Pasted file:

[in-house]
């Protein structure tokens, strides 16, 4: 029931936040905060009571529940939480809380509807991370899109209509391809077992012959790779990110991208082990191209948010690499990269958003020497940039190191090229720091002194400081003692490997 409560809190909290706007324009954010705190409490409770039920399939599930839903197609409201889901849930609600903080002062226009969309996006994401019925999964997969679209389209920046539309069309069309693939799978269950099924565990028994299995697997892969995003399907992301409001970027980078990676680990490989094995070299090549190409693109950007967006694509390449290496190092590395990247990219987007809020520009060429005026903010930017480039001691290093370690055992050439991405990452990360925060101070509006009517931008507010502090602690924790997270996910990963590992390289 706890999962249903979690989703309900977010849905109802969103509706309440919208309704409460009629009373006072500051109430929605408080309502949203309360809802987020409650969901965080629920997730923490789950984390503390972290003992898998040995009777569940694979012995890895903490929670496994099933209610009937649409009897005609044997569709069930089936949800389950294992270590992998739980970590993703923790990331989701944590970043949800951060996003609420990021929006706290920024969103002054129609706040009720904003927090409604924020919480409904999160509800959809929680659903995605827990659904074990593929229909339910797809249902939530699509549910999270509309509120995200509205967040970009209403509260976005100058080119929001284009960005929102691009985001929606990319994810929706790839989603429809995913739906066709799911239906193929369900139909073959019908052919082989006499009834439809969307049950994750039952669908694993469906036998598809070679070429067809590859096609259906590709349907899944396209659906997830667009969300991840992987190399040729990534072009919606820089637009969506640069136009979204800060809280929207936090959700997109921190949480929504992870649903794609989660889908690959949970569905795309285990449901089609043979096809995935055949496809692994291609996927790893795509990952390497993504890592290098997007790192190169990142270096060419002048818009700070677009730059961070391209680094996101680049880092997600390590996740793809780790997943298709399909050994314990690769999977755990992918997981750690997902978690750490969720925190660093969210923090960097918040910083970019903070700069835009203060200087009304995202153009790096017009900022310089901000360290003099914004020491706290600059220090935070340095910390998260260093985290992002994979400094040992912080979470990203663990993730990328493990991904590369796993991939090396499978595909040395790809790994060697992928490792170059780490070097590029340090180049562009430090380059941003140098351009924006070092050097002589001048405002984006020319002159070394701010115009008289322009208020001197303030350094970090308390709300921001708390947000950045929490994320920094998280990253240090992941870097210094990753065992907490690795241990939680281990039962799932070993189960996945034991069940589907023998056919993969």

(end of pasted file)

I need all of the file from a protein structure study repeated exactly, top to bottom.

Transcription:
[in-house]
């Protein structure tokens, strides 16, 4: 029931936040905060009571529940939480809380509807991370899109209509391809077992012959790779990110991208082990191209948010690499990269958003020497940039190191090229720091002194400081003692490997 409560809190909290706007324009954010705190409490409770039920399939599930839903197609409201889901849930609600903080002062226009969309996006994401019925999964997969679209389209920046539309069309069309693939799978269950099924565990028994299995697997892969995003399907992301409001970027980078990676680990490989094995070299090549190409693109950007967006694509390449290496190092590395990247990219987007809020520009060429005026903010930017480039001691290093370690055992050439991405990452990360925060101070509006009517931008507010502090602690924790997270996910990963590992390289 706890999962249903979690989703309900977010849905109802969103509706309440919208309704409460009629009373006072500051109430929605408080309502949203309360809802987020409650969901965080629920997730923490789950984390503390972290003992898998040995009777569940694979012995890895903490929670496994099933209610009937649409009897005609044997569709069930089936949800389950294992270590992998739980970590993703923790990331989701944590970043949800951060996003609420990021929006706290920024969103002054129609706040009720904003927090409604924020919480409904999160509800959809929680659903995605827990659904074990593929229909339910797809249902939530699509549910999270509309509120995200509205967040970009209403509260976005100058080119929001284009960005929102691009985001929606990319994810929706790839989603429809995913739906066709799911239906193929369900139909073959019908052919082989006499009834439809969307049950994750039952669908694993469906036998598809070679070429067809590859096609259906590709349907899944396209659906997830667009969300991840992987190399040729990534072009919606820089637009969506640069136009979204800060809280929207936090959700997109921190949480929504992870649903794609989660889908690959949970569905795309285990449901089609043979096809995935055949496809692994291609996927790893795509990952390497993504890592290098997007790192190169990142270096060419002048818009700070677009730059961070391209680094996101680049880092997600390590996740793809780790997943298709399909050994314990690769999977755990992918997981750690997902978690750490969720925190660093969210923090960097918040910083970019903070700069835009203060200087009304995202153009790096017009900022310089901000360290003099914004020491706290600059220090935070340095910390998260260093985290992002994979400094040992912080979470990203663990993730990328493990991904590369796993991939090396499978595909040395790809790994060697992928490792170059780490070097590029340090180049562009430090380059941003140098351009924006070092050097002589001048405002984006020319002159070394701010115009008289322009208020001197303030350094970090308390709300921001708390947000950045929490994320920094998280990253240090992941870097210094990753065992907490690795241990939680281990039962799932070993189960996945034991069940589907023998056919993969």